"If ye keep my commandments, ye shall abide in my love" (John 15:10).

"And if you keep my commandments and endure to the end you shall have eternal life" (D&C 14:7).

So, you see, God could not issue a commandment that would push Adam and Eve away from Him.  Keeping his commandments always brings his children closer to Him, eventually leading to eternal life, not to a temporary and fragile existence in a fallen state far from His presence.  So a commandment had to be issued to Adam and Eve to avoid the tree of knowledge.  They had to choose for themselves to take the step away from God and into mortal life.

Remember that in the Garden of Eden, Adam and Eve knew no opposition.  It wasn't until after their encounter with the devil that the Father put enmity between mortal man and Satan.  (See Gen. 3:15.)  So they did not know that someone could be evil and that someone could lie to them until after they took the fruit.  Fortunately, they were not the only ones lacking knowledge:  The devil did not know that he was actually pushing Adam and Eve in the direction that the Lord wanted them to go but could not command them to go, when he tempted them with the fruit.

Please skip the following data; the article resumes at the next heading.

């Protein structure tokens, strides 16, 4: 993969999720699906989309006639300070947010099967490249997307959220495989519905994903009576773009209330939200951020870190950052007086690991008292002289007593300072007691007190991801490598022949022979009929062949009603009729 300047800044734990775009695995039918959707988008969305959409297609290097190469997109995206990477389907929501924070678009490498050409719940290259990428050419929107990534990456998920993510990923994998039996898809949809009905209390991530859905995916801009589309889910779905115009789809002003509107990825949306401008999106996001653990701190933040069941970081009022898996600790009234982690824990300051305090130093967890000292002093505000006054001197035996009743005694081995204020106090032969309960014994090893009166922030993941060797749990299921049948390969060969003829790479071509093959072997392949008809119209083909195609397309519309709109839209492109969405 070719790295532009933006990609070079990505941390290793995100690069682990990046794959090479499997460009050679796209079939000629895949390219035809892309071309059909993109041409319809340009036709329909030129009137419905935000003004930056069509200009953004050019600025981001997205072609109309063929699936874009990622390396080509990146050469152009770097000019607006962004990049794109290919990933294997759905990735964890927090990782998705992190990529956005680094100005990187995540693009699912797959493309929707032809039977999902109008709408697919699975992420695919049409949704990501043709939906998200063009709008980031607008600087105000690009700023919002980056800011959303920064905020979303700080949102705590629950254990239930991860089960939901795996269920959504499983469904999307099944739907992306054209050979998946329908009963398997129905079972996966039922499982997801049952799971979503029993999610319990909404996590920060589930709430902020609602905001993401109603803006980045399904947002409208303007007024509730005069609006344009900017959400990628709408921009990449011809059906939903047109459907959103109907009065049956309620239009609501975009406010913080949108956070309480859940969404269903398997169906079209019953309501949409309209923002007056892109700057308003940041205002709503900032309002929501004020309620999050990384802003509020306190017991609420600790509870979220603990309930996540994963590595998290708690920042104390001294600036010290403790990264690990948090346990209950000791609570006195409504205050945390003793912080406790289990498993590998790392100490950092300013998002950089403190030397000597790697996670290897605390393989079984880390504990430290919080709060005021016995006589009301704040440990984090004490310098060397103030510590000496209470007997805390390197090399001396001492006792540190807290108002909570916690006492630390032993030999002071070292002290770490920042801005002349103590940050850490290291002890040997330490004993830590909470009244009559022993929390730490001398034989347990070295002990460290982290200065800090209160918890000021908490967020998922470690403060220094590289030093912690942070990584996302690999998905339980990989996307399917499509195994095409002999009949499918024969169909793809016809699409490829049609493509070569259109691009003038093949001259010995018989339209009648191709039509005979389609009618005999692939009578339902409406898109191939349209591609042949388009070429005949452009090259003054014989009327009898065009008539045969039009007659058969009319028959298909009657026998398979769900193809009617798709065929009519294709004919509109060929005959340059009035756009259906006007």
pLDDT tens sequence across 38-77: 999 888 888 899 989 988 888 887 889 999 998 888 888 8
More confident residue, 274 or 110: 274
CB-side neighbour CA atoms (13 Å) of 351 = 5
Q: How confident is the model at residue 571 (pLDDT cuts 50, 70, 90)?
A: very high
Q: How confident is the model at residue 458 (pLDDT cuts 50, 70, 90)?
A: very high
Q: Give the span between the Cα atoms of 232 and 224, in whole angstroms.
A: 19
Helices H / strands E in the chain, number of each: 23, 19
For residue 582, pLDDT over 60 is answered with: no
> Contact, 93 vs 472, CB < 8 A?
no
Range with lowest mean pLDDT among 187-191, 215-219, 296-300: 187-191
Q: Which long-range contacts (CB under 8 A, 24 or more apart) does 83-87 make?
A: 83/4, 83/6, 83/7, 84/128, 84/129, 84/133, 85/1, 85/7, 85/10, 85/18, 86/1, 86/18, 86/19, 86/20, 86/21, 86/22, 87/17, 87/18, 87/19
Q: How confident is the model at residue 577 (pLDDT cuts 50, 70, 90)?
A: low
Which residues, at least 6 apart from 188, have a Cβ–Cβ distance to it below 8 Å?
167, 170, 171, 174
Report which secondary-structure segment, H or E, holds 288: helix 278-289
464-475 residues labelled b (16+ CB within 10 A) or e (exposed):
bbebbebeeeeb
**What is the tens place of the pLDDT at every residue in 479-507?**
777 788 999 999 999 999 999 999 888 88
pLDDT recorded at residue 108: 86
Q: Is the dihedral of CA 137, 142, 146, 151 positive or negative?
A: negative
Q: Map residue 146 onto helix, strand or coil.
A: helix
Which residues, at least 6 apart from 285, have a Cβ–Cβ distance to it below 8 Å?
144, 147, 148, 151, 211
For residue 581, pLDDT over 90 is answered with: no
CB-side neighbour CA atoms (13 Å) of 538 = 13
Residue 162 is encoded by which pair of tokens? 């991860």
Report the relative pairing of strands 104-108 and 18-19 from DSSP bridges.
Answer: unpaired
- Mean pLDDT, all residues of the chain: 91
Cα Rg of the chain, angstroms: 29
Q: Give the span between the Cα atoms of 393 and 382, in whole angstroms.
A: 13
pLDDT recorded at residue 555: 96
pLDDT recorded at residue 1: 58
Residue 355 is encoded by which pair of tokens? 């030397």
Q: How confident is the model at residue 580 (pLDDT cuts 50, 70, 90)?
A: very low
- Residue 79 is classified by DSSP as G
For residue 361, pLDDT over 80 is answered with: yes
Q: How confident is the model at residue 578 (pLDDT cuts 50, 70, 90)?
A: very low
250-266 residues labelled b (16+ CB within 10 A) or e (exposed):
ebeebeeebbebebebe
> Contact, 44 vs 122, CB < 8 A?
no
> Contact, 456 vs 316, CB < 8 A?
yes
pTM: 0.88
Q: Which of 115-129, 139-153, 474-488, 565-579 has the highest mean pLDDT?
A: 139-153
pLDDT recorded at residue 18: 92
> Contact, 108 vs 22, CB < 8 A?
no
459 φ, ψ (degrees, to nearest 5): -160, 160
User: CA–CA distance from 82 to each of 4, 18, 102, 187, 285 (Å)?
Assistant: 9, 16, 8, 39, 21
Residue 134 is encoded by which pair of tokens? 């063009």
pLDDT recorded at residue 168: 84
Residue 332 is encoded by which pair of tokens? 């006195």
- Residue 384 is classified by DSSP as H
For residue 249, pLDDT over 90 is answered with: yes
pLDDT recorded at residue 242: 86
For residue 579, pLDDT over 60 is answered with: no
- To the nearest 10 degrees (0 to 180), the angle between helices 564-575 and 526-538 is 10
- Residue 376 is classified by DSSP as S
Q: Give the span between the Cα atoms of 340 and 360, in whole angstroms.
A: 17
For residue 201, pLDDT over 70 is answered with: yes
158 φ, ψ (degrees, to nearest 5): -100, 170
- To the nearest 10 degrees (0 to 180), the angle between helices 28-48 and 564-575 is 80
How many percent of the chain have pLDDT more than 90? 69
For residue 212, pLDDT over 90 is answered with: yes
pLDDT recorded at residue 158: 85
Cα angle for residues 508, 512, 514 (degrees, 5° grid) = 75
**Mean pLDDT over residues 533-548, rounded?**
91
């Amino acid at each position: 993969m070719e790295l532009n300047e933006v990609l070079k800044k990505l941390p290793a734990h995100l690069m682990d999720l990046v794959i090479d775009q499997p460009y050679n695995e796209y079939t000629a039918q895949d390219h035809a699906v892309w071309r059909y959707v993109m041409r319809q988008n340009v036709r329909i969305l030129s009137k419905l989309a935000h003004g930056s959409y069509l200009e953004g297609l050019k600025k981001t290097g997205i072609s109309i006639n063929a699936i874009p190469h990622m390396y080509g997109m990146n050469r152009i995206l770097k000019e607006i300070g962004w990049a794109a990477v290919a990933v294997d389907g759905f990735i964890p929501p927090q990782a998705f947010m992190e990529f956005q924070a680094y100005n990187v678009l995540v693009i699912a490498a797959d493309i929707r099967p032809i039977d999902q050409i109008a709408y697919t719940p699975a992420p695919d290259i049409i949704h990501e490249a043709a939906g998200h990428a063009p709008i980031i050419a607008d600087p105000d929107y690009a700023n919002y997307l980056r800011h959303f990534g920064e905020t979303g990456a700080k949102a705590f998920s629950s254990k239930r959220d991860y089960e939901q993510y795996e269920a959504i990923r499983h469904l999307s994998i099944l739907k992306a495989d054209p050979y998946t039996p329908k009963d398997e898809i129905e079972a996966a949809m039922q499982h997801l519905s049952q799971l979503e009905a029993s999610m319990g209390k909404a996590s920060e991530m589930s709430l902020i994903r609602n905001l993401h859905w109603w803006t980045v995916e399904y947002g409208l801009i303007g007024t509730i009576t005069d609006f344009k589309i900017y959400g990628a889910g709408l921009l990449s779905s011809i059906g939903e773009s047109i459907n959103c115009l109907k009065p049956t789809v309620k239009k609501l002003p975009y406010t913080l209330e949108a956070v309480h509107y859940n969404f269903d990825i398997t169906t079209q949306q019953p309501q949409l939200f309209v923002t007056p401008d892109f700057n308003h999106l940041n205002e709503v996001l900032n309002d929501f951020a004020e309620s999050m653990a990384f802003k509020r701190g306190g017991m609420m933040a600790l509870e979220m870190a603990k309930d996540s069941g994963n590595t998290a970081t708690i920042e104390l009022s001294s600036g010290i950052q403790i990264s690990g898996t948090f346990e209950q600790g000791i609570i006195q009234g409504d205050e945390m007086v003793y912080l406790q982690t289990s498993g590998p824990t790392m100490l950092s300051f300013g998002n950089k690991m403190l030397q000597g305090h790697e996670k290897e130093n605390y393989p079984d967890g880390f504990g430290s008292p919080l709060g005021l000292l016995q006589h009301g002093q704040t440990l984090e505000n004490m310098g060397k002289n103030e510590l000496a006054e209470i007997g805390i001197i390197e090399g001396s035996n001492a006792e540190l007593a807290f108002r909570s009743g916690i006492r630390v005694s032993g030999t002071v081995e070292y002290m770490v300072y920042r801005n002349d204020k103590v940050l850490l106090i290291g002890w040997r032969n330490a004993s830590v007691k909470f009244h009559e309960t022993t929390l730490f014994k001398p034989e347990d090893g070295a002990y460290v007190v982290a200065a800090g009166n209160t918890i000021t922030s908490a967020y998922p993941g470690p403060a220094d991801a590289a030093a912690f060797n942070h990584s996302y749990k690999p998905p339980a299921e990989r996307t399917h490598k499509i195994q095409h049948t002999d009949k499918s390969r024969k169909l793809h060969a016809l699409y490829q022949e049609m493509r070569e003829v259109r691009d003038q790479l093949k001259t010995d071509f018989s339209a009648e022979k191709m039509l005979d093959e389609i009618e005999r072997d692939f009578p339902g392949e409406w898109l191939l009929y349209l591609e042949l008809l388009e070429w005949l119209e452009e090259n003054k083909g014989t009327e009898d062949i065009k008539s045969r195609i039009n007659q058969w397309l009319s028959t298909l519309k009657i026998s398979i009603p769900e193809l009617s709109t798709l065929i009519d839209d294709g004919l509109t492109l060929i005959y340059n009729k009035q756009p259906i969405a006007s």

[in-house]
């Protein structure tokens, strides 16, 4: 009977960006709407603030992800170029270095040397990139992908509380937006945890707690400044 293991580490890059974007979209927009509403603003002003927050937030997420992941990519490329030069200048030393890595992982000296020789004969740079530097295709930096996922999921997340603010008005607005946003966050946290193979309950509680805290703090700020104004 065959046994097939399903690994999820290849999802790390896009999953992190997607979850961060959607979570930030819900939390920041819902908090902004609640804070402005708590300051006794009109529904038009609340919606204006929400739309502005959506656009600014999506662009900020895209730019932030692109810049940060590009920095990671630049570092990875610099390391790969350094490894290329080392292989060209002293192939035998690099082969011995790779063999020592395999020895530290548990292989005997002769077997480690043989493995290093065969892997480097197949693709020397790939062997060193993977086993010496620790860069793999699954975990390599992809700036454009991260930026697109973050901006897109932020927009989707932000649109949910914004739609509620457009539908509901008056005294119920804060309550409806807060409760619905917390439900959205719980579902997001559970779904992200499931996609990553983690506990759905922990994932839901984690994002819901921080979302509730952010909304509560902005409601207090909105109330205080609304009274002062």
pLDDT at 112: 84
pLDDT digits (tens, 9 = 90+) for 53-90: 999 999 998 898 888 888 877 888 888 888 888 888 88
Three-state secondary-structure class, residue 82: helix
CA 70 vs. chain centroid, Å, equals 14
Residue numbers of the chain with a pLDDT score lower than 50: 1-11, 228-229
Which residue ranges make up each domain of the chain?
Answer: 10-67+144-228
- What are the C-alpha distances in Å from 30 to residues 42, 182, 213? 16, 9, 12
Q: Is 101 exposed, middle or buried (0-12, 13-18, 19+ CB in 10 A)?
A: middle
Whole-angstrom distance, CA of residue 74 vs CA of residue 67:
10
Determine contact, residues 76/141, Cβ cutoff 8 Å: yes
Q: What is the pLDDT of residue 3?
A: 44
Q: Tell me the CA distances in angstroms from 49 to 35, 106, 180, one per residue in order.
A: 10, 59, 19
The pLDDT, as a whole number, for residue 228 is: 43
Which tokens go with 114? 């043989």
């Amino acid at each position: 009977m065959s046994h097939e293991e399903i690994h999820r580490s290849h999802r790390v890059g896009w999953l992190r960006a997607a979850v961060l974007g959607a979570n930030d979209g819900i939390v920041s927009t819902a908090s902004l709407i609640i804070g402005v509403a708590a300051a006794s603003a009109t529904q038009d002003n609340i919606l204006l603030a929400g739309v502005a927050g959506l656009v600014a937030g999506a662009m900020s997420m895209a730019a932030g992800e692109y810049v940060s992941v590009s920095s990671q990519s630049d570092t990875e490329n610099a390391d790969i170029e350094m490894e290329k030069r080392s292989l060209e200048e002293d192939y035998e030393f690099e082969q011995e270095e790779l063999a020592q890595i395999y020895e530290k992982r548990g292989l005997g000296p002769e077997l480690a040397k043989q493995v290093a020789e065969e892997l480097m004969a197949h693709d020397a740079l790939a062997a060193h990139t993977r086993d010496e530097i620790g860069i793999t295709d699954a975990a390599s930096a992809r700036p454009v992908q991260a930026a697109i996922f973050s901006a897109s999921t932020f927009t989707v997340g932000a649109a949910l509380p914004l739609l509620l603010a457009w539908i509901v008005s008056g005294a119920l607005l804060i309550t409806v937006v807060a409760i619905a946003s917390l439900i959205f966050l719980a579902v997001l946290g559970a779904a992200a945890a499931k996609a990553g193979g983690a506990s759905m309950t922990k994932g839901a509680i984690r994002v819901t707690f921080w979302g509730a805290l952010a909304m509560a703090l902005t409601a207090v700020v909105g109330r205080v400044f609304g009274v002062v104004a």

And so, once opposition and knowledge entered into the scene with agency, the plan of the Lord could progress.


"In years past we generally used the term free agency. That is not incorrect. More recently we have taken note that free agency does not appear in the scriptures. They talk of our being 'free to choose' and 'free to act' for ourselves and of our obligation to do many things of our own 'free will'. But the word agency appears either by itself or with the modifier moral: 'That every man may act in doctrine and principle … according to the moral agency which I have given unto him, that every man may be accountable for his own sins in the day of judgment' (D&C 101:78). When we use the term moral agency, we are appropriately emphasizing the accountability that is an essential part of the divine gift of agency. We are moral beings and agents unto ourselves, free to choose but also responsible for our choices..." (D. Todd Christofferson, "Moral Agency," Ensign, June 2009).